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    As of now, while there is a glimmer of hope, it is by no means assured this goal will be assured. General Abubakar has, in fact, sent mixed messages. On the positive side, he has said that he wants to return to civilian rule by October 1st, adhering to the transition plan. But, of course, that transition plan was flawed. So it is somewhat ambiguous what that really means. He has also released political prisoners.
    On the negative side, he has used the Army to repress a pro-democracy demonstration on June 12th, and he continues to detain other political prisoners, including Chief Abiola. Moreover, while Abubakar announced adherence to the plan, he has yet to say how it is going to be done. We have talked about different scenarios here about the transition, but I think Secretary Rice laid out the criteria that needs to be met to fulfill that.
    Nigeria is at a critical decision point in which it might tilt decisively toward democracy, but there is still widespread skepticism that the military will voluntarily give up power, given the enormous wealth they have accumulated at the expense of the Nigerian people. If the military does not give up power, Nigeria will continue to bleed, and the Army will rob the Nation of its wealth, its spirit, and its cohesion.
    Given the stakes, the United States and its allies should mount a major diplomatic effort to encourage Nigeria to move swiftly and steadfastly toward democracy. U.S. policy should rest on three legs: diplomacy and dialog to assist this transition, aid to pro-democracy groups, and targeted sanctions with clear criteria spelled out for their being lifted. I support H.R. 3890 precisely because it backs up such a policy. It contains both carrots and sticks and it provides for different future scenarios. The bill essentially would codify existing sanctions, except for the sports sanctions.
    Now, there are three main arguments that have been raised in opposition to enacting this legislation: It is the wrong move at the wrong time; it is another example of unilateral sanctions which do not work; and it is not in the economic interests of the United States. Let me just take these three opposition arguments very briefly, one by one, and tell you why I don't think they are valid.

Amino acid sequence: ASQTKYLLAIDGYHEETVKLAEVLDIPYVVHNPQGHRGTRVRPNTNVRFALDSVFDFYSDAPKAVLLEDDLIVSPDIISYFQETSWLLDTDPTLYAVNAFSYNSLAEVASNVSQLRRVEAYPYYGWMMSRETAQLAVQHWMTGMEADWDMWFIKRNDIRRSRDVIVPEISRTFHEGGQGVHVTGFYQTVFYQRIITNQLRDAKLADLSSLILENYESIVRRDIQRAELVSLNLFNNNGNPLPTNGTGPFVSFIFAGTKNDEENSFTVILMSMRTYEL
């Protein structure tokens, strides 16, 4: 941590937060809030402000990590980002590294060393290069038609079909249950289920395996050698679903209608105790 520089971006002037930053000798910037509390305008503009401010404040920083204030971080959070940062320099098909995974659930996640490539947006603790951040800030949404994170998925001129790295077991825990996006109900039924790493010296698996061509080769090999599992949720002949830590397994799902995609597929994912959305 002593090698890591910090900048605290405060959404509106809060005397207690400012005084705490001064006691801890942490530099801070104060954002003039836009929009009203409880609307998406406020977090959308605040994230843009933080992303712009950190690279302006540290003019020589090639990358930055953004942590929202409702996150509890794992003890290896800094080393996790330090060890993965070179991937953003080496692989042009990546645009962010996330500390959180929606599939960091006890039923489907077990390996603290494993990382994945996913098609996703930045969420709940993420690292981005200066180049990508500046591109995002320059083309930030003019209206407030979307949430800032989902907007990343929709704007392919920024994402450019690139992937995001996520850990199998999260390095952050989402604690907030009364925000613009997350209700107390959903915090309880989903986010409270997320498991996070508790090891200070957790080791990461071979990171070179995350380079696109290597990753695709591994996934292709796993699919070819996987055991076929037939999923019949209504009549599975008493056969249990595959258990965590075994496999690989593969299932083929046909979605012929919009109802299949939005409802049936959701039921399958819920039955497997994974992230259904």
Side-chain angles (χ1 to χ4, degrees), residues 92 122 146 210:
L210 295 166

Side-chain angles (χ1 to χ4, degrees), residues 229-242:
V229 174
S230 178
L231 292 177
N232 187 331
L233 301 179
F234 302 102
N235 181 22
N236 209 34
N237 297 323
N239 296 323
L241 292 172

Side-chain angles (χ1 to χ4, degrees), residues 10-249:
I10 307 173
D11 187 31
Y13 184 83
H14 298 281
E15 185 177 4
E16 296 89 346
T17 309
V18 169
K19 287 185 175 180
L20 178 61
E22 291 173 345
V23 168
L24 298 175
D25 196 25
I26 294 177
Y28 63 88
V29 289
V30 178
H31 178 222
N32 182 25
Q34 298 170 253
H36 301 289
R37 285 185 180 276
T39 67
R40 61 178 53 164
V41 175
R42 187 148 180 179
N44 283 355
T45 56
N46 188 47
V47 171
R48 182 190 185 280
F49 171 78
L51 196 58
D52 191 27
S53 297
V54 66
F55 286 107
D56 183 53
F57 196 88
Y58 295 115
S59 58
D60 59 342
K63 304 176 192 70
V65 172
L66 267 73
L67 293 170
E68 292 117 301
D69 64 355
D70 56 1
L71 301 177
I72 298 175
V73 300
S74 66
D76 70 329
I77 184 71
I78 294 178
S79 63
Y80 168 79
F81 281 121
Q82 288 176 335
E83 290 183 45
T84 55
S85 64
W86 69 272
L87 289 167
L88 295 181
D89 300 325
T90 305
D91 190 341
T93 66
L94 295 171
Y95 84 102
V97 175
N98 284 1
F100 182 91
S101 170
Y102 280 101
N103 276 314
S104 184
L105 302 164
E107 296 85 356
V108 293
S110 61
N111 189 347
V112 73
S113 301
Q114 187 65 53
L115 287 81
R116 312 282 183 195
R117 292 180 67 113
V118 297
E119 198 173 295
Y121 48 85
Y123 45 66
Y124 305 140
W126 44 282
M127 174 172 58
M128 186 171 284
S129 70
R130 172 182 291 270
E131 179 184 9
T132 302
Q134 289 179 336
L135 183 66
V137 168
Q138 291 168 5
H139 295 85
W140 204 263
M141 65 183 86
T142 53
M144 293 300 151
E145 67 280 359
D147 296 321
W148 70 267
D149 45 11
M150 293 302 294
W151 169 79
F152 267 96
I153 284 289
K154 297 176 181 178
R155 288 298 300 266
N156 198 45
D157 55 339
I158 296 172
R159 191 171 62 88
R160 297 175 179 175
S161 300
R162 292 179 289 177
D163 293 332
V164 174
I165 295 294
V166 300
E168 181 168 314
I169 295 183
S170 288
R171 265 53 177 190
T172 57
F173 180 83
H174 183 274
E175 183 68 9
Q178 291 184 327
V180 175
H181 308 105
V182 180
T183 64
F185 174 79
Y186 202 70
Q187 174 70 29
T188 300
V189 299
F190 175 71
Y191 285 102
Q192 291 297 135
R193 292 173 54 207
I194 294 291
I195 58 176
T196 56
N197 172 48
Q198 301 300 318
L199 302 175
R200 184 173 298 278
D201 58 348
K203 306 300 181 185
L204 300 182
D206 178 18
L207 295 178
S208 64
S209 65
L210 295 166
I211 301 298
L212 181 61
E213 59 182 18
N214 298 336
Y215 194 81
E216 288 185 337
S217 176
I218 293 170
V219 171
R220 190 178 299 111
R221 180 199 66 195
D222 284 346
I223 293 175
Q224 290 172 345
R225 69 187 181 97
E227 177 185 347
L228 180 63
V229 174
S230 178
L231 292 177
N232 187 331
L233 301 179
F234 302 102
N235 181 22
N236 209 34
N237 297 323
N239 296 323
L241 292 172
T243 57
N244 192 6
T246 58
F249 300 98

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    The first argument is that even modest sanctions, such as those in this bill, are not needed now because Abubakar has brought some hope to Nigeria. While that is true, we might be rushing to judgment to conclude that this is a certainty. You may recall that in the former Zaire we also rushed to judgment to embrace Luarent Kabila, thinking anybody other than Mobutu would be good. And I think we were a little hasty in our judgment. So we should not be complacent about Abubakar's intentions or, even more importantly, his ability to achieve the central goal, which is a peaceful and legitimate transition to democracy by the end of the year. Much could still go wrong.
    Abacha's supporters are still in the Provisional Ruling Council. Many civilians, including those who run the five political parties, have gained from Abacha's rule and have a lot to lose from an open electoral process. Abubakar might decide to retreat or hesitate to take steps that will satisfy the pro democracy forces. I cite as an example the fact that it has been reported that Abubakar is trying to extract a promise from Chief Abiola to renounce his claim to the Presidency as a condition for his release. This would not be a step forward. Hardliners could also recapture the process or take over outright in another coup. Former military leaders could make a comeback, such as General Babangida, the man who nullified the 1993 election and who is close to Abubakar.
    These scenarios are highly speculative but they are real possibilities. The sanctions bill will warn hardliners and political opportunists that tougher sanctions may be in store if they choose the wrong path.